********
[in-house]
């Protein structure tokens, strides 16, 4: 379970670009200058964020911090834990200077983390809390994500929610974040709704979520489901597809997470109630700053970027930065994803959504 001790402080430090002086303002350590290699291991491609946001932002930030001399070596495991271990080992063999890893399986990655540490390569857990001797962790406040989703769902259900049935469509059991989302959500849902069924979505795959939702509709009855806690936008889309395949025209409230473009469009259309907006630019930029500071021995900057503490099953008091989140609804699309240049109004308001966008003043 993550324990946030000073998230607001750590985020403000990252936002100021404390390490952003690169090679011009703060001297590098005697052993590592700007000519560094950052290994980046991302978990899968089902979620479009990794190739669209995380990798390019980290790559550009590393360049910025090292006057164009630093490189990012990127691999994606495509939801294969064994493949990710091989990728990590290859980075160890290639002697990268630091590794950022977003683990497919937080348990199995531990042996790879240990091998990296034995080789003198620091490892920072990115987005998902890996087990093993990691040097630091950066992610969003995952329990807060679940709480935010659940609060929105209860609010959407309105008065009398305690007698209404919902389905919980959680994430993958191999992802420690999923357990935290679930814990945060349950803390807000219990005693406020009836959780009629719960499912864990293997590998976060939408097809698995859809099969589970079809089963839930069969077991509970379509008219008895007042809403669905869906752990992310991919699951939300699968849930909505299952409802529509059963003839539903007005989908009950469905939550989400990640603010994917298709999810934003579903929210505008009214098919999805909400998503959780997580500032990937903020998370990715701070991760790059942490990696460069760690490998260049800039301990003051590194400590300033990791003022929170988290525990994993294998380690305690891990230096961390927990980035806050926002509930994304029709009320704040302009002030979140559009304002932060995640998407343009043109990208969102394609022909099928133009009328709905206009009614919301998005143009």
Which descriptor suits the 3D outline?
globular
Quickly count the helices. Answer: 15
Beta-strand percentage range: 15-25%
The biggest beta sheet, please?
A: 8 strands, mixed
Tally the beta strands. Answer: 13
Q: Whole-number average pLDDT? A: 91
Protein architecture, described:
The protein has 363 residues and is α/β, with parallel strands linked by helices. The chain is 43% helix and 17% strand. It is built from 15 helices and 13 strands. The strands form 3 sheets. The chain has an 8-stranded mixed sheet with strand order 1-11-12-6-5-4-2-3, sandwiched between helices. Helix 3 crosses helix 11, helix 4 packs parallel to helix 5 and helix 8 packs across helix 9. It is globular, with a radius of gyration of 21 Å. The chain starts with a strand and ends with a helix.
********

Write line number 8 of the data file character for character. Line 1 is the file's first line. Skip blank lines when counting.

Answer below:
A: 8 strands, mixed